It is demanding a lot of such parents to require them to ban all television viewing after 5 pm on weeknights and after 8:30 am on weekends!
Another problem with the draft is that it adopts the latest descriptions of classifications from the OFLC Guidelines for Films, Videos and Computer Games.
This latest revision attracted strong criticism from many community groups and from families because it explicitly permitted drug use and nudity in the G classification for the first time.
The Attorney-General, Daryl Williams, was forced to promise a 12 month review of the new Guidelines due to this strong community reaction. While in principle it is an advantage to families to have comparable classification schemes for television and for films it would be better for the Commercial Television Code to modify the G classification to exclude all nudity, drug use and sex to ensure that it genuinely indicates material that will not contain any elements unsuitable for viewing by children of all ages.
This would be particularly important if the new Code drastically shrinks the G classification zone to a mere one hour after school and two-and-a-half hours in the early morning on the weekends. In that case, surely parents are entitled to know that there will be no nudity, sex or drug use during the limited time of viewing allegedly suitable for children of all ages.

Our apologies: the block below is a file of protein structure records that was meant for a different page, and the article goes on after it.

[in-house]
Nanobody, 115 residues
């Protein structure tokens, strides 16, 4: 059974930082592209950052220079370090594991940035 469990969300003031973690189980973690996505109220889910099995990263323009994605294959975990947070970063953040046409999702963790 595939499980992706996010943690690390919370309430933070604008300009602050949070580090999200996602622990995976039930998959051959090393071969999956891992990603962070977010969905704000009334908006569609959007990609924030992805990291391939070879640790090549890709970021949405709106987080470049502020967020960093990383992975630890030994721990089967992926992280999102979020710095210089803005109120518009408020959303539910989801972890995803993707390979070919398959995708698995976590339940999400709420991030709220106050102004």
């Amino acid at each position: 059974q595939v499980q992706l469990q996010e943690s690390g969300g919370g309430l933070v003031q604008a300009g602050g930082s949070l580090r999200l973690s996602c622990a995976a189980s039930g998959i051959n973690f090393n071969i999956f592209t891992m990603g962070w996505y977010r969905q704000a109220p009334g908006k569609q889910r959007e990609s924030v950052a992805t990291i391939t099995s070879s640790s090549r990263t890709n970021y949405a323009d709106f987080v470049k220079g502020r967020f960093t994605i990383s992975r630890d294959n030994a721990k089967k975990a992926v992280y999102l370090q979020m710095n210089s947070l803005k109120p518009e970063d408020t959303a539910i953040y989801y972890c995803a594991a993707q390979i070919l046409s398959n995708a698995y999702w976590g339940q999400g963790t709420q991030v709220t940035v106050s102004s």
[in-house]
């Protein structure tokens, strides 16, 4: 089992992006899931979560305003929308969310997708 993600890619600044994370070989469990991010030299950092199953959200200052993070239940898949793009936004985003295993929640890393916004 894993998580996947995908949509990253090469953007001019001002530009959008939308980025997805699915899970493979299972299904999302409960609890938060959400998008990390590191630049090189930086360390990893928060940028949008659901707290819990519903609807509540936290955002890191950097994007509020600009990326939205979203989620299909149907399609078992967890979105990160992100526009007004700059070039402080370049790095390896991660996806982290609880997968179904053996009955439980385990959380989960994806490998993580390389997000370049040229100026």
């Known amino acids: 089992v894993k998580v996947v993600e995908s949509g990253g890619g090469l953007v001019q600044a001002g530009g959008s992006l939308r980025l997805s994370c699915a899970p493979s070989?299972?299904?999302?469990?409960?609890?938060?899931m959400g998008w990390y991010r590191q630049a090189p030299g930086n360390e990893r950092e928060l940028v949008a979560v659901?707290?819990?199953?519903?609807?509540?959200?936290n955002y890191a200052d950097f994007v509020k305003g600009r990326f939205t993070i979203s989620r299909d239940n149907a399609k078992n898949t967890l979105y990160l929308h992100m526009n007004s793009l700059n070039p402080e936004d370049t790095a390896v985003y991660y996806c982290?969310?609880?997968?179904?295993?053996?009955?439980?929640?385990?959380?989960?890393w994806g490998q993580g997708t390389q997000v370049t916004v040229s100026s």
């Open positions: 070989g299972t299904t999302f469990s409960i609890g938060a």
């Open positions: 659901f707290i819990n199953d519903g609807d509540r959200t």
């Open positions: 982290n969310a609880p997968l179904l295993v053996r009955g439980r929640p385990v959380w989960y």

The draft Code offers no improvement to the complaints procedure for viewers who object to offensive material. The practice of reporting only written complaints to the Australian Broadcasting Authority (ABA) is seriously flawed. For many viewers the requirement to lodge a written complaint to the television station is too onerous.
While it may be valid to give more weight to written complaints than to oral ones, it will not do to go on suppressing information about oral complaints. Telephone complaints represent the immediate and instinctive reaction of viewers to program and other material. Unless this response is accurately recorded then the ABA and the public have a very limited picture of viewer responses.
The administrative burden would not be great. The Code already requires that switchboard staff record the substance of telephoned comments from viewers and bring it to the attention of key staff. It would not be difficult to compile these recorded telephoned comments into a regular report to CTVA for forwarding to the ABA.
The switchboard staff should also be required to give viewers the option of whether they wish for a response to their complaint or not. If they do wish for such a response, then the complaint should be treated exactly as a written one. If they do not wish for a response then the complaint should still be recorded and notified to CTVA and the ABA.
Submissions on the draft Code closed on September 19. The final revision must be approved by the Australian Broadcasting Authority as meeting community standards before it is implemented.
- Richard Egan